Tuesday, October 30, 2007

Go Forth ...

This series of weekly picks are brought to you by Gomez's Liquid Skin.

BOOK: Neal Asher - Polity Agent

GRAPHIC NOVEL: Alan Moore - The Saga of the Swamp Thing

Friday, October 26, 2007

Libraries 2.0

I haven't written a blog about my Web 2.0 training lately as I have found that it feels pointless to write about whether I've done something or not.
Forced blogging defeats the purpose of blogs in the first place. If I like an idea I will add it to my blog, but spruik it to others ... not likely.
Blogs are for whimsy, and whatever takes your fancy, and they won't appeal to everyone. And people should not be forced to write things if they don't want to. I like blogging, but am more interested in writing about books, pop culture, computer games and hobbies than feeling like I must produce a piece of writing letting everyone know that I've visited technorati. (I have and have added a widget to my blog.)
So the course goes on, and I'll continue to visit sites and play around, just don't be surprised if I refuse to diligently write posts about it. Watch my blog though as it will change.
Meanwhile I have a pile of things that need to be read and there's always a new game I could play.

Thursday, October 25, 2007

The Great Nicki

On Tuesday night my library hosted an event with graphic novelist Nicki Greenberg, as she took us through her amazing adaption of The Great Gatsby.
Nicki is an amazingly talented artist whose enthusiasm for her chosen medium is infectious. She gave us a director's commentary on the process of creating such an amazing piece of work, and also discussed layout and the design process.

Overall the night was highly informative, and interesting.
Feel free to visit Nicki's blog which I will put in my blog roll.
(And yes that's me in the picture being a complete fanboy as Nicki signs my copy of The Great Gatsby.)

Tuesday, October 23, 2007

Neal Asher

Neal Asher is a great science-fiction writer. Pick up any of his books and you will be in for an amazing read, with politics, action, well written plots and interesting characters. (Even if some of them are A.I.s) Start with Gridlinked and then work your way through the others and I guarantee you will be hooked.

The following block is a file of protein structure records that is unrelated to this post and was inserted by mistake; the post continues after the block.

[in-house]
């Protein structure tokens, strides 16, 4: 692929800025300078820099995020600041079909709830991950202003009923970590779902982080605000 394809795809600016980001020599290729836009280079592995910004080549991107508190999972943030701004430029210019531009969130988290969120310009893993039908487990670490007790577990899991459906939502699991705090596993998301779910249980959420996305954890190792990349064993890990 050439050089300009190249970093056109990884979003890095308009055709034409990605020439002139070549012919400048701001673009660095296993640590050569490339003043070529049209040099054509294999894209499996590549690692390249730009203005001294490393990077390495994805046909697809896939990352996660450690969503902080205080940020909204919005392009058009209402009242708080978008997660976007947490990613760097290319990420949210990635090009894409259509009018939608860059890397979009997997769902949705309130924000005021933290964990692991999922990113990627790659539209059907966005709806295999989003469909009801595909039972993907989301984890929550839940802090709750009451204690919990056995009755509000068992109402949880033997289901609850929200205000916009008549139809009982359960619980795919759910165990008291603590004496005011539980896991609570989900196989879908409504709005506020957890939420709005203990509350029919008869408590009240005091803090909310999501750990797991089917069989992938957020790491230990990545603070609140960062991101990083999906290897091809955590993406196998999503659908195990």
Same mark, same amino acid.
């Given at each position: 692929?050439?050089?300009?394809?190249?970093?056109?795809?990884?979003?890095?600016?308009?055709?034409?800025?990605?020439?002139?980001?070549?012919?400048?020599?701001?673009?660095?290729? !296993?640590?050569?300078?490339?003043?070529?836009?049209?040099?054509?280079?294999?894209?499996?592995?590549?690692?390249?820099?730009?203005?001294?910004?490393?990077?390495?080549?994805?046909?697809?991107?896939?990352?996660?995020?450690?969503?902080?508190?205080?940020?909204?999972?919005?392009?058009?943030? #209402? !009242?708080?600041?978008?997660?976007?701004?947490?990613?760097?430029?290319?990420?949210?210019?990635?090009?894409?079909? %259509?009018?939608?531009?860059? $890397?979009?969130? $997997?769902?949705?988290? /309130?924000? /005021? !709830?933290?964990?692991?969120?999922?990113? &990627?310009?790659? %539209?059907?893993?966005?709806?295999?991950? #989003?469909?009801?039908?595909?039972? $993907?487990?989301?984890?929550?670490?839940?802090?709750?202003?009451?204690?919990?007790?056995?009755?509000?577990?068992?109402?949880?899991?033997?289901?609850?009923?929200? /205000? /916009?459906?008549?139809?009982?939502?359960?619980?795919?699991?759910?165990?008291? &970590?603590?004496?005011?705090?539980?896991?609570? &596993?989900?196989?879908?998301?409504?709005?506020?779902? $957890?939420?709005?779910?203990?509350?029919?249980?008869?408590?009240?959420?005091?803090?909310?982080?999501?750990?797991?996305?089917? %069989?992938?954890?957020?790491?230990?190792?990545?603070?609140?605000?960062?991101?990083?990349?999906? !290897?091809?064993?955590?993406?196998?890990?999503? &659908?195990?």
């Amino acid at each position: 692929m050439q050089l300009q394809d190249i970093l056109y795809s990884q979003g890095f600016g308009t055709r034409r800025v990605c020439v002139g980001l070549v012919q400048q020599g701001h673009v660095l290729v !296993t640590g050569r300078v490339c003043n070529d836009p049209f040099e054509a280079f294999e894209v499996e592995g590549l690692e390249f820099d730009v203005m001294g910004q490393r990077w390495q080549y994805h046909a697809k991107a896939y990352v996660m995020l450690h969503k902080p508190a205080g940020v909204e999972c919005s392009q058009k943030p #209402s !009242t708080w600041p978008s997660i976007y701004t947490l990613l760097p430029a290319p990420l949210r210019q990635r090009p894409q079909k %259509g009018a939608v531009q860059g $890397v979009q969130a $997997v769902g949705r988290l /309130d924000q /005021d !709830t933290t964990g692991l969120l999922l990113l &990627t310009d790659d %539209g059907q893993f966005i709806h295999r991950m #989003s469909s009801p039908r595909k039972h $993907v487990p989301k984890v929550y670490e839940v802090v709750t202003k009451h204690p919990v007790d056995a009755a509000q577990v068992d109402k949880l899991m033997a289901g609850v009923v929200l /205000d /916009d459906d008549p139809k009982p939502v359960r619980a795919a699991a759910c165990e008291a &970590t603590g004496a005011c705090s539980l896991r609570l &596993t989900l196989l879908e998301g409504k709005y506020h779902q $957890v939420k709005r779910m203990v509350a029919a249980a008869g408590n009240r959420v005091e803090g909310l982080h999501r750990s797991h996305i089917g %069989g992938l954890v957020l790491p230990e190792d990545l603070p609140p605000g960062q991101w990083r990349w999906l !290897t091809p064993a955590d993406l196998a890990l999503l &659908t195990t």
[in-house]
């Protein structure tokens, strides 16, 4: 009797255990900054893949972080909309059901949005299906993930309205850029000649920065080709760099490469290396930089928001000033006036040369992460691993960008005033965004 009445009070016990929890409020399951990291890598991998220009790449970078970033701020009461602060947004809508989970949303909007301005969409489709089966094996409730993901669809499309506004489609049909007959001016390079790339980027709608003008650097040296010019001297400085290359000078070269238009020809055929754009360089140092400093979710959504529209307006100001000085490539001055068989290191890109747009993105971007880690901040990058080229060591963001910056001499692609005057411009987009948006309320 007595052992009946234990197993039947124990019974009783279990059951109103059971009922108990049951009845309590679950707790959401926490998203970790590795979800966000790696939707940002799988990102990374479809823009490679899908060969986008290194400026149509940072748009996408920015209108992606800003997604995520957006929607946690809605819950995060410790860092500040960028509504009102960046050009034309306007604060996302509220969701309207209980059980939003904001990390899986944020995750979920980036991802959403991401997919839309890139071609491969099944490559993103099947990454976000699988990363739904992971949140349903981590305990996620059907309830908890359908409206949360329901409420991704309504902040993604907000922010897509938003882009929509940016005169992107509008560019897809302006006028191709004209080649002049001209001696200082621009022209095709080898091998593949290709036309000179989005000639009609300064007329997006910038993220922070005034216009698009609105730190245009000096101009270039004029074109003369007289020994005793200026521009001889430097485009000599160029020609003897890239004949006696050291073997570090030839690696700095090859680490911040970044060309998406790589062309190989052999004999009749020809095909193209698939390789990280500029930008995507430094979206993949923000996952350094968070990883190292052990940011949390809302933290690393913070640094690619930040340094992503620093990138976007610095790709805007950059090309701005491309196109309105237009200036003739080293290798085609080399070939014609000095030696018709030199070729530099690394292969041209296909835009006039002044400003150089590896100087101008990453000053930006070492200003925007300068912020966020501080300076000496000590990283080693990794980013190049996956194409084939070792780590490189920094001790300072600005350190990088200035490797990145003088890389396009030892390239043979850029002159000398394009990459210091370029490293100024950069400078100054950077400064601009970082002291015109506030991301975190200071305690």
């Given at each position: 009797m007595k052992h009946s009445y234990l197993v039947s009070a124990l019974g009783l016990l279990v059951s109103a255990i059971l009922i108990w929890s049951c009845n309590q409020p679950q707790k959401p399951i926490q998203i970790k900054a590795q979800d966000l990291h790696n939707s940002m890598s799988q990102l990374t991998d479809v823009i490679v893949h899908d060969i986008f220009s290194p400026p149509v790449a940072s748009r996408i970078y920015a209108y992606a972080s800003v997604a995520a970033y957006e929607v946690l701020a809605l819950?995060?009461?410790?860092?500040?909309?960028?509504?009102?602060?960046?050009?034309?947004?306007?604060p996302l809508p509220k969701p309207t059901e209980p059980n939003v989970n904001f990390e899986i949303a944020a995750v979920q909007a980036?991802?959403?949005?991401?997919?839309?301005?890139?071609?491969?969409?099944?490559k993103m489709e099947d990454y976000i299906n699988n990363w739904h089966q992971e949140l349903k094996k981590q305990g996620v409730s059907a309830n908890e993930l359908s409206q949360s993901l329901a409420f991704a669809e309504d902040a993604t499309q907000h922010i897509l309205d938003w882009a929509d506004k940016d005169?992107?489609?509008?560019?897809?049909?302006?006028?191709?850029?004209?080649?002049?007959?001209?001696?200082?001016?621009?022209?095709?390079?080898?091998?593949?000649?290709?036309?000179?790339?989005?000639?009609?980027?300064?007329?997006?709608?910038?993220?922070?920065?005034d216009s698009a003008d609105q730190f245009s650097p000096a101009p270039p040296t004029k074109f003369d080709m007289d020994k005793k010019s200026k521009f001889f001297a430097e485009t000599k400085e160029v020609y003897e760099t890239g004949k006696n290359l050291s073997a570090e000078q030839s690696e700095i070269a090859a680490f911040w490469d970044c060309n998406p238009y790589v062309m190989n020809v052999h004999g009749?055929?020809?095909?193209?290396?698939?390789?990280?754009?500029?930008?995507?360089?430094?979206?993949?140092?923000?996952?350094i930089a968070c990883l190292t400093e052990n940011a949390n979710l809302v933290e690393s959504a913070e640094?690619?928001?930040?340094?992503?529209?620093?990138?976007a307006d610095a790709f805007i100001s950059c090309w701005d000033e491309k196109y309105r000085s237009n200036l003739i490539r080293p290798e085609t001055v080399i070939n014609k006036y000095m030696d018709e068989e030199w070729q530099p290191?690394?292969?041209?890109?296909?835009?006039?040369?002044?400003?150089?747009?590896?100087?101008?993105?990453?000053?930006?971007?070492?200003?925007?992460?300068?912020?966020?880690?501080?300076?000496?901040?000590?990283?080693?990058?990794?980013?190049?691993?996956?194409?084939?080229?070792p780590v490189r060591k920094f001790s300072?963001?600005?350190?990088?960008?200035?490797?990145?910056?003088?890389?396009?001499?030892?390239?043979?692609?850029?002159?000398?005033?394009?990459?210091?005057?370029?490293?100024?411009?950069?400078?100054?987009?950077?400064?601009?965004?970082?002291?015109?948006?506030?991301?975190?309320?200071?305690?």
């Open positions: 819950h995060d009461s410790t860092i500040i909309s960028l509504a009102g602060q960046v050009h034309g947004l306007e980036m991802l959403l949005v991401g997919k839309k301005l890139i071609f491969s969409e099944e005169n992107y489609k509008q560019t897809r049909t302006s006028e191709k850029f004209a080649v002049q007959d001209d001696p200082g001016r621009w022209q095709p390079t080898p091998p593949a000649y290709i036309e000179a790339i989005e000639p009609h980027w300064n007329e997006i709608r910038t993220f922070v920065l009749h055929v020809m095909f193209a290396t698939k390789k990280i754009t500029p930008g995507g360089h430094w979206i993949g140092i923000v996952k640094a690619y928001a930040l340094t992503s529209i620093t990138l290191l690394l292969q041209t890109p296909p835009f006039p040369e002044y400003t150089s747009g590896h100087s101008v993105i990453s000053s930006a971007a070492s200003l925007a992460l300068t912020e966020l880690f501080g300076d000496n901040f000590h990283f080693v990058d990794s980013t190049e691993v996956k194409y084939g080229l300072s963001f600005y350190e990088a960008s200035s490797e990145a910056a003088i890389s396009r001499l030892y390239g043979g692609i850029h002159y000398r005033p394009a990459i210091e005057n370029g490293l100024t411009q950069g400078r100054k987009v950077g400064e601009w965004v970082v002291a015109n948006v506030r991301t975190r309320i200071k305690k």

Asher also has very firm political views, and he doesn't suffer fools gladly. Read his blog, a link can be found in my blog roll, and be prepared to be forced to think about things. Asher is not a fan of what he sees as environmental idiots pushing global warming disaster scenarios. Now I'm not saying I totally agree with him, but it is good to see someone who is willing to ask questions and poke holes in arguments rather than blindly jumping on bandwagons. (Al Gore and the British Government are two common targets for Asher's anger.)
Have a read of Asher's blog or just read his novels, but I'm warning you he'll make you think.

Monday, October 22, 2007

Go Forth ...

Another look at me weekly picks;

CD: Gold - Ryan Adams

BOOK: The Dragonbone Chair - Tad Williams


Friday, October 19, 2007

Justice like lightning

I'm never quite sure what Warren Ellis thinks about superhero comics, but when he writes one it is always something special. At the moment he is writing Thunderbolts for Marvel and it is mind blowing. After the Civil War event the Thunderbolts are now a team of villains hired by the American government to do their dirty work. Made up of the likes of Venom, Bullseye, Penance, Moonstone and led by Norman Osborne, anyone who knows Marvel history will know that this is not the most mentally balanced group running around.
Ellis though is turning in amazing scripts that highlight the obvious unbalanced nature of this group. The group is also supported by a massive advertising campaign led by the government to gain support for the group, though Bullseye's membership is a secret as he is a convicted mass murderer. Venom and Bullseye have used their Thunderbolts membership as a blank cheque to create as much mayhem as possible. Venom ate the arm of Silver Spider, and Bullseye stabbed Jack Flagg in the spine making him a quadriplegic. And then there's Penance, once known as Speedball, who kicked off the whole civil War thing with his attempt to capture Nitro which led to the deaths of thousands.

So fertile ground for the warped intelligence of Ellis, and matched by beautiful artwork by Mike Deodato Jr. This series is a great read, as it explores the dark side of superheroes.

Tuesday, October 16, 2007

Go Forth ...

Here are my weekly picks.
CD: Unplugged Live in New York - Nirvana

BOOK: Legend - David Gemmell

GRAPHIC NOVEL: Making Comics - Scott McCloud

Friday, October 12, 2007

Comics, comics and more comics

Douglas Wolk obviously loves comics. He writes about them for various publications in the United States and has recently released a book called Reading Comics. How graphic novels work and what they mean. I have only just finished this book and have rushed to post this review. That's an example of how much I loved this book.